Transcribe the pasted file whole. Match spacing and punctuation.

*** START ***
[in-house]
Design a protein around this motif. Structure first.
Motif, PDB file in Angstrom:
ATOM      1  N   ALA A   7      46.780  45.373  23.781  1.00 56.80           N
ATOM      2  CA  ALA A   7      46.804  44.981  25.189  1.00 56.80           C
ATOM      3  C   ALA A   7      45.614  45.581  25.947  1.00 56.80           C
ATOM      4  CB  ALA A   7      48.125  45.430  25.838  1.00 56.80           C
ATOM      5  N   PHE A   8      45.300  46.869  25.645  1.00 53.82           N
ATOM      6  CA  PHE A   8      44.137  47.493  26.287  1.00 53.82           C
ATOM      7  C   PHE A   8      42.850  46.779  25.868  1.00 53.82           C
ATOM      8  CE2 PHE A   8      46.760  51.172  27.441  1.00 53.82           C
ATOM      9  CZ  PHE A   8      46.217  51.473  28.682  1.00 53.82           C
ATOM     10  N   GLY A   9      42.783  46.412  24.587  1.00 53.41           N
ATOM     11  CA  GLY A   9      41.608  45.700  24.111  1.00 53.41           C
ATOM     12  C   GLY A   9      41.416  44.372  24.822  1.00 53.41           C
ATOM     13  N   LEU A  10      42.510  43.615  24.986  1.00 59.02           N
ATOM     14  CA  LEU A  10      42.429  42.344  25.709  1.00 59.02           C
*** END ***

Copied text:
[in-house]
Design a protein around this motif. Structure first.
Motif, PDB file in Angstrom:
ATOM      1  N   ALA A   7      46.780  45.373  23.781  1.00 56.80           N
ATOM      2  CA  ALA A   7      46.804  44.981  25.189  1.00 56.80           C
ATOM      3  C   ALA A   7      45.614  45.581  25.947  1.00 56.80           C
ATOM      4  CB  ALA A   7      48.125  45.430  25.838  1.00 56.80           C
ATOM      5  N   PHE A   8      45.300  46.869  25.645  1.00 53.82           N
ATOM      6  CA  PHE A   8      44.137  47.493  26.287  1.00 53.82           C
ATOM      7  C   PHE A   8      42.850  46.779  25.868  1.00 53.82           C
ATOM      8  CE2 PHE A   8      46.760  51.172  27.441  1.00 53.82           C
ATOM      9  CZ  PHE A   8      46.217  51.473  28.682  1.00 53.82           C
ATOM     10  N   GLY A   9      42.783  46.412  24.587  1.00 53.41           N
ATOM     11  CA  GLY A   9      41.608  45.700  24.111  1.00 53.41           C
ATOM     12  C   GLY A   9      41.416  44.372  24.822  1.00 53.41           C
ATOM     13  N   LEU A  10      42.510  43.615  24.986  1.00 59.02           N
ATOM     14  CA  LEU A  10      42.429  42.344  25.709  1.00 59.02           C